For updates from the university related to COVID-19, please click the red button below.
The Office of Health Promotion at UCM helps students learn, grow, and thrive through education about, and engagement in, health-promoting and risk-reducing behaviors. Using sound data and best practices such as the Spectrum of Prevention, the Strategic Prevention Framework, and the Social-Ecological Model, we work to put the power of prevention in the hands of our students.
To support student success and promote a safe and healthy environment at UCM, every first year student 23 years old and under must complete the Alcohol and Other Drugs educational course at the beginning of their college career. This course will help you learn to make safer choices regarding alcohol and drugs and how to respond to the choices of those around you.
We believe you should have the opportunity to learn in a safe and civil environment, free from sexual and interpersonal violence. Sexual Violence Prevention for Students is an engaging online course that provides you with important prevention skills and strategies to help promote respectful relationships. All newly-admitted students are required to take and complete this course.
Green Dot is a strategy to reduce power-based personal violence on campus and in our community, through bystander intervention skills and a commitment to creating a culture that doesn't tolerate power-based personal violence.
Alcohol eCHECKUP TO GO is a short program that provides non-judgmental feedback about your attitudes and behavior related to alcohol use.
Cannabis eCHECKUP TO GO is a short program that provides non-judgemental feedback about your attitudes and behavior related to marijuana use.
Our office provides fun and interactive educational programs for UCM students to help them make informed decisions. To request a program for your class or organization, click below to complete a program request form.
Planning a party at your place? Read over this house party guide for tips on how to keep it safe, protect your stuff, and have fun.
Useful in many types of individual and community engagement work, this model considers the complex interplay between individual, interpersonal, organization, community, and policy factors that impact attitudes and behaviors, helping to clarify the range of both risk factors and protective factors that may be involved. The overlapping rings in the model illustrate how factors at one level influence factors at another level.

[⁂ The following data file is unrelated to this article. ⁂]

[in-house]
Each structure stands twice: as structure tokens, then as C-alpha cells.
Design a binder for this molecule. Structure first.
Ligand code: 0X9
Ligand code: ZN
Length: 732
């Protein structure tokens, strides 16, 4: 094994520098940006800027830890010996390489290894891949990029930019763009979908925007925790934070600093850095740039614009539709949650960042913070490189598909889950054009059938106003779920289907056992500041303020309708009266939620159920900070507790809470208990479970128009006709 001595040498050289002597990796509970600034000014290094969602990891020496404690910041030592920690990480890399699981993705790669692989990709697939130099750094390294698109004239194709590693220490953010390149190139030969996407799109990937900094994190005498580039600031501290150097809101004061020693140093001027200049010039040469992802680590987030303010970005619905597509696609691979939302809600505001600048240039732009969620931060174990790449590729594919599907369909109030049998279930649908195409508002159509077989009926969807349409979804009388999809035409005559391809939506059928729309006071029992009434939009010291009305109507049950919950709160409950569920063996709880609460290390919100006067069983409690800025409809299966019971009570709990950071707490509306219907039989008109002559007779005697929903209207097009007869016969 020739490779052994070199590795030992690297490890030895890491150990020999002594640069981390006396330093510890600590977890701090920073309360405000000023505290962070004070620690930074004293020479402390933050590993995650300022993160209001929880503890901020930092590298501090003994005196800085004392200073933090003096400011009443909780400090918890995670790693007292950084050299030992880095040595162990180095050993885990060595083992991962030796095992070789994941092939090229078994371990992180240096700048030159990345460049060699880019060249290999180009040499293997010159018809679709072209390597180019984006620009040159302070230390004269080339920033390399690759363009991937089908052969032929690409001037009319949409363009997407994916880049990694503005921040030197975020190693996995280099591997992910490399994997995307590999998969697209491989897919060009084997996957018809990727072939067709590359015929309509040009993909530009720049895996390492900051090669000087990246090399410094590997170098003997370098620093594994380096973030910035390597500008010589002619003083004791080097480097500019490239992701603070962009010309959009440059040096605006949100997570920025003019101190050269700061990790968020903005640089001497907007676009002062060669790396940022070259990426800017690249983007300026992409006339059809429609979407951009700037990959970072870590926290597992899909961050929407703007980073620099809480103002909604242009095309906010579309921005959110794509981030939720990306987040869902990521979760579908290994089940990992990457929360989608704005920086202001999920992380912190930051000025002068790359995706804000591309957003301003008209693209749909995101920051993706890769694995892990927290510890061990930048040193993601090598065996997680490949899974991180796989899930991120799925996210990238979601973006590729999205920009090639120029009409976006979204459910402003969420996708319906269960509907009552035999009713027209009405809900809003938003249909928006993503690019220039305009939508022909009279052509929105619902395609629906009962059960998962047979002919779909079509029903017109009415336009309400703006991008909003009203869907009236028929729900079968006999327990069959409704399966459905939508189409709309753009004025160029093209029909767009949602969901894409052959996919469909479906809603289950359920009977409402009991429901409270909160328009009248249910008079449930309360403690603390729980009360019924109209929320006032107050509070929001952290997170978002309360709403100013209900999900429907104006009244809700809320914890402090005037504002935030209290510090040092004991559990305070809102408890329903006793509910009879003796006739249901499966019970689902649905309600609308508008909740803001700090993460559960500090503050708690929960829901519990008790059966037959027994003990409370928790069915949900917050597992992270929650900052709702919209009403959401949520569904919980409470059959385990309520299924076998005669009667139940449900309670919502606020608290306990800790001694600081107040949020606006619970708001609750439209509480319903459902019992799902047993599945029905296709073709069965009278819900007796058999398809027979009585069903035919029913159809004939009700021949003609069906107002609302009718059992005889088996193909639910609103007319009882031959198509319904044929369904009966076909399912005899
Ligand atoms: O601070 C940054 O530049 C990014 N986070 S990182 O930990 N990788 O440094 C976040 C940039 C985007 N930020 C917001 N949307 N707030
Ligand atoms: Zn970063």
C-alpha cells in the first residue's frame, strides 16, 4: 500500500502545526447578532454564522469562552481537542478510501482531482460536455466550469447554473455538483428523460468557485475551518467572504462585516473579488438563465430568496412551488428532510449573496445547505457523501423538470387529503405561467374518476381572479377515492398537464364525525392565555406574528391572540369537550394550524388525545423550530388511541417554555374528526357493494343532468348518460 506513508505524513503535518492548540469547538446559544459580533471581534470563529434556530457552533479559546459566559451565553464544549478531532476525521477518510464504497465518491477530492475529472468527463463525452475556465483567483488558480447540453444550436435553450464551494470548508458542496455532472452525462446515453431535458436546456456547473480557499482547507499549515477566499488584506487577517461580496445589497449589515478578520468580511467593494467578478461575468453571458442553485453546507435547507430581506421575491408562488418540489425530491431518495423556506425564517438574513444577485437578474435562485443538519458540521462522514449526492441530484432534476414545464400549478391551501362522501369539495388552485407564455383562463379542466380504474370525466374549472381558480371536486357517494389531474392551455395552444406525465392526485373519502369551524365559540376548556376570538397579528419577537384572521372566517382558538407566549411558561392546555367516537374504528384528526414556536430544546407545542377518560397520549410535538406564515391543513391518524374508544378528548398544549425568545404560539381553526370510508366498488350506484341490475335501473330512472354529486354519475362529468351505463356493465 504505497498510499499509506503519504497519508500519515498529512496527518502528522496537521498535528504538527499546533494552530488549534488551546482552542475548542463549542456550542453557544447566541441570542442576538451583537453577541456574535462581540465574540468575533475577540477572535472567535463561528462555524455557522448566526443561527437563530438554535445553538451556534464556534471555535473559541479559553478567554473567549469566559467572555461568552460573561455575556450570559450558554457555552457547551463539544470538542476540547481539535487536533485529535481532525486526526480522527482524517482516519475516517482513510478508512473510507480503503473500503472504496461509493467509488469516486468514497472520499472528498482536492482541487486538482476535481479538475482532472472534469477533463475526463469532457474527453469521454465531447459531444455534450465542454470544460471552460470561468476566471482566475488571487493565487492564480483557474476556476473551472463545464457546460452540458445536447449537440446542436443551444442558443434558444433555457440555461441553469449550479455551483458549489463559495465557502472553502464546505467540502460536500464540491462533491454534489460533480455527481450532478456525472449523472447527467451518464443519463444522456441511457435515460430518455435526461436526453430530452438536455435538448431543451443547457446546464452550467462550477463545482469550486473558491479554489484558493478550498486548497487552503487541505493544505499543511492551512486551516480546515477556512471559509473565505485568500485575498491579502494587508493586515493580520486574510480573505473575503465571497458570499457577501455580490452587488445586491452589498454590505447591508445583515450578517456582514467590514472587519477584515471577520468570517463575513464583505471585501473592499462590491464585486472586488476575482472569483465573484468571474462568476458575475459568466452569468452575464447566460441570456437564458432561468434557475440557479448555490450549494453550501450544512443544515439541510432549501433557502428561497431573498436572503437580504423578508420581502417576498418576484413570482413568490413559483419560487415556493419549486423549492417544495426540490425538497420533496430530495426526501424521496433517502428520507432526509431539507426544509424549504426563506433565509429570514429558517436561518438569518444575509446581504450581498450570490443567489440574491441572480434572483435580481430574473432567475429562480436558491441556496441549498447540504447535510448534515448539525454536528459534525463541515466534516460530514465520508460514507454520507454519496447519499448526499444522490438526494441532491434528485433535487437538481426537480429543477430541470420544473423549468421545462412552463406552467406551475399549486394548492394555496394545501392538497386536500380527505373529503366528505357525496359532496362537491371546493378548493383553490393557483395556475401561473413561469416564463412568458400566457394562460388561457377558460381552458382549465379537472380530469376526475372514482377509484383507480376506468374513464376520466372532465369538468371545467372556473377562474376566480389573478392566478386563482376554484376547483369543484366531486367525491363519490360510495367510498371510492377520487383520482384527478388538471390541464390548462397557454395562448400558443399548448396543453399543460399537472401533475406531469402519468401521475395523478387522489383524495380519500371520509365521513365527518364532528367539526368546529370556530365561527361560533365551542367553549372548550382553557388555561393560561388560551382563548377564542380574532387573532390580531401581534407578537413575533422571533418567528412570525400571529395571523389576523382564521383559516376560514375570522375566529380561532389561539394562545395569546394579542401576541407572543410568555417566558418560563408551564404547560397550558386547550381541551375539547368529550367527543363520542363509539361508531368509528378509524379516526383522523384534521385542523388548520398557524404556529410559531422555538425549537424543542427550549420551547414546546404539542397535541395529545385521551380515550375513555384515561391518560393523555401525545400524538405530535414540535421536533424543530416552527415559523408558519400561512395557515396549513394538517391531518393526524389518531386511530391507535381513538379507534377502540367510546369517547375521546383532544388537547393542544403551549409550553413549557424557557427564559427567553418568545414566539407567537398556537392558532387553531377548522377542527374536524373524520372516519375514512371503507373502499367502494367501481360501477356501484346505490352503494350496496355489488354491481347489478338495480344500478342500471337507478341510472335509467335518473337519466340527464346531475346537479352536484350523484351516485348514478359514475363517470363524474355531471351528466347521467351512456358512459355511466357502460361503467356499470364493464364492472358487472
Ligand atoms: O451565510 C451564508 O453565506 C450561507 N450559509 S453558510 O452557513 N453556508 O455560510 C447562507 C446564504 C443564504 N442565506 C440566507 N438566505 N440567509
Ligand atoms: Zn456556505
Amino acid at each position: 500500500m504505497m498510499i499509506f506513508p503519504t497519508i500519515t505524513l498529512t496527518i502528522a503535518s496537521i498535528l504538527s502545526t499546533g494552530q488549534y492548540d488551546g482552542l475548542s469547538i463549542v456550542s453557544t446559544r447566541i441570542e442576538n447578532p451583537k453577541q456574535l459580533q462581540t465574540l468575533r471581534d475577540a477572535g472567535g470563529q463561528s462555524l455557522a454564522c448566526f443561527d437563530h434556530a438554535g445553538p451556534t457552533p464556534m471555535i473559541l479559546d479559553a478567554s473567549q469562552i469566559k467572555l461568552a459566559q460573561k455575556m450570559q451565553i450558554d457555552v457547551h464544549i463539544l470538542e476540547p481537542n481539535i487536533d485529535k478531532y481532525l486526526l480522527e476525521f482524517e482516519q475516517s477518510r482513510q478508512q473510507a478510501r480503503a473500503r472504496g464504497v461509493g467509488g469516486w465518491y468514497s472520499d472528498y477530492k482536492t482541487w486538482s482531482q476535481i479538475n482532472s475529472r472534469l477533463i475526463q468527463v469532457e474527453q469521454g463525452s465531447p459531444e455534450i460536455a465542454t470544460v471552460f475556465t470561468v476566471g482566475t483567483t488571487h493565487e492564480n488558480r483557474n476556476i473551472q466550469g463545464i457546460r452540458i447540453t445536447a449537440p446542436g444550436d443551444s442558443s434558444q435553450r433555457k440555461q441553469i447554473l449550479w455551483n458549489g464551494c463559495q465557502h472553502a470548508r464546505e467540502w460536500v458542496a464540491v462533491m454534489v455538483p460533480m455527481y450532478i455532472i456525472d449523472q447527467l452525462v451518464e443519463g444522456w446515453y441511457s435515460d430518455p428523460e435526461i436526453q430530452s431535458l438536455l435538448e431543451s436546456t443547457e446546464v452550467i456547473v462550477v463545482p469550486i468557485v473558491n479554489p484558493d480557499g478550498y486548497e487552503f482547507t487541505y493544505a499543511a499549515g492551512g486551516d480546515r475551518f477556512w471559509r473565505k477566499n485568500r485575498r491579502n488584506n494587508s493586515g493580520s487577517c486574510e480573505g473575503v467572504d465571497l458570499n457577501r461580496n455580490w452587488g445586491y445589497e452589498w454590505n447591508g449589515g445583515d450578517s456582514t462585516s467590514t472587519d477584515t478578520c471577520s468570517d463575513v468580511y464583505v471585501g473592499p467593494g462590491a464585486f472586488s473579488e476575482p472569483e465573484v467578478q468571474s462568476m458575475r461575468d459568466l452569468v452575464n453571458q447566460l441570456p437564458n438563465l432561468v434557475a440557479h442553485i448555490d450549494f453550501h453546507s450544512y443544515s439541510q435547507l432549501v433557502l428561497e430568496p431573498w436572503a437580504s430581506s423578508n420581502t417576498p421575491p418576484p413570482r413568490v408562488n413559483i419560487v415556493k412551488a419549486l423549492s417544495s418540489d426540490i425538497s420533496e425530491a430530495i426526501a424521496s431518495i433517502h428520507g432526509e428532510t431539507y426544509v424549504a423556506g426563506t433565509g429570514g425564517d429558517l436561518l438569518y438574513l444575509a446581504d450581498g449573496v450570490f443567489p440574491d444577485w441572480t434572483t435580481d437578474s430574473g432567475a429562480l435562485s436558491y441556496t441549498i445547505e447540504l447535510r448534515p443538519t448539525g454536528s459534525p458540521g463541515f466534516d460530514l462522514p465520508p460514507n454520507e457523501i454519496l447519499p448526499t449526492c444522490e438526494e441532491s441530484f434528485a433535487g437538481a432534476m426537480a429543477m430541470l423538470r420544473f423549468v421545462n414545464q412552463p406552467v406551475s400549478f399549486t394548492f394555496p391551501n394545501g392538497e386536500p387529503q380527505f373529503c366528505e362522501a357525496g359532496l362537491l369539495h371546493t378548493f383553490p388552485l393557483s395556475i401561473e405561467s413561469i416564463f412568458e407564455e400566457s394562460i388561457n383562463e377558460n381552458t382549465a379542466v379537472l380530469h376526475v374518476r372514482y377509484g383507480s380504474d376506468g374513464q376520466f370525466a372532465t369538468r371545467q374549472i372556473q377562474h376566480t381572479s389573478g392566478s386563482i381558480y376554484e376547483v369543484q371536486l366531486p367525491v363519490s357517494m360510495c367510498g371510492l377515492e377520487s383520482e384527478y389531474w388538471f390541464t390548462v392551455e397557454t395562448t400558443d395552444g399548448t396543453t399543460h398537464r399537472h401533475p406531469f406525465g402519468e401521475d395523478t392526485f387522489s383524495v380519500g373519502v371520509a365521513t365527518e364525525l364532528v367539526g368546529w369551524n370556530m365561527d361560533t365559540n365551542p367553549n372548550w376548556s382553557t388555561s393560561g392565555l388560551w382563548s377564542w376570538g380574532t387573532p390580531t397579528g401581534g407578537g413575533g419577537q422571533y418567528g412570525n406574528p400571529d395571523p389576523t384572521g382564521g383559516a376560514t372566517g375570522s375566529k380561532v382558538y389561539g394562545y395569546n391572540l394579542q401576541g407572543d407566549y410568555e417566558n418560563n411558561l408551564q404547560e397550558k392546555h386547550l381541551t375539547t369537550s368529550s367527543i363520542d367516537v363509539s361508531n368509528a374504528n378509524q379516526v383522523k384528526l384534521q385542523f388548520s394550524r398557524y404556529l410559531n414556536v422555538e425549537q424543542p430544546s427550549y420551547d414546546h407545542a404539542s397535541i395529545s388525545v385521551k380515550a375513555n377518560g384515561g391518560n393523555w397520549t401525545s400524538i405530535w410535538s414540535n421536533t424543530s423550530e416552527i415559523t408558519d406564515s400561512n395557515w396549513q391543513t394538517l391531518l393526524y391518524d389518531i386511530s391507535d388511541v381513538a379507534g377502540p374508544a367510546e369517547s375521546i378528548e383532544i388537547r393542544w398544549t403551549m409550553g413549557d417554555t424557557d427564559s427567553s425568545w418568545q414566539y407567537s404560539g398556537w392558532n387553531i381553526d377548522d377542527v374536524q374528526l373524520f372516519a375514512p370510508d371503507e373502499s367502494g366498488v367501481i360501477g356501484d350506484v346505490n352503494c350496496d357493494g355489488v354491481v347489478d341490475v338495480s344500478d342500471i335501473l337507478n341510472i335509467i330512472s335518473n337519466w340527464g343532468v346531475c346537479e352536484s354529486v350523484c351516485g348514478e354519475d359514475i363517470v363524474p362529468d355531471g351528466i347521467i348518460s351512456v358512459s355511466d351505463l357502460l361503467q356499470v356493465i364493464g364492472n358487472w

The model also suggests that in order to prevent harm - which is at the heart of our work - it's necessary to act across multiple levels of the model at the same time. This approach is more likely to sustain prevention efforts over time and achieve positive population-level impact.
Closely aligned with the Social Ecological Model, this tool describes a range of activities specific to effective prevention. Used nationally in prevention initiatives, including violence prevention and injury prevention, it provides a framework for a more comprehensive understanding of prevention, including six levels for strategy development. Learn more about the Spectrum of Prevention.
Research and experience have shown that prevention must begin with an understanding of complex problems within complex environments. The Substance Abuse and Mental Health Services Administration developed the Strategic Prevention Framework to help communities (including college and university campuses) more effectively address substance use disorders and mental health concerns.
Visit this site for more information.
The Missouri Assessment of College Health Behaviors (MACHB) is an annual survey sent to thousands of Missouri college students every year, including UCM students.
This survey asks a wide variety of questions about students' attitudes and behaviors regarding alcohol, cannabis and other drugs, mental health, interpersonal violence, and more.
Administered by Missouri Partners in Prevention, the MACHB is a rigorously vetted, multi-year survey and provides us with rich, reliable data that helps inform and guide our work in prevention and wellness at UCM.
If you're passionate about the issues we address and are interested in an internship in the Office of Health Promotion, please contact us at 660-543-8947. Additionally, we typically employ students in our Program Assistant positions, so be sure to check jobs.ucmo.edu to see if we're currently hiring.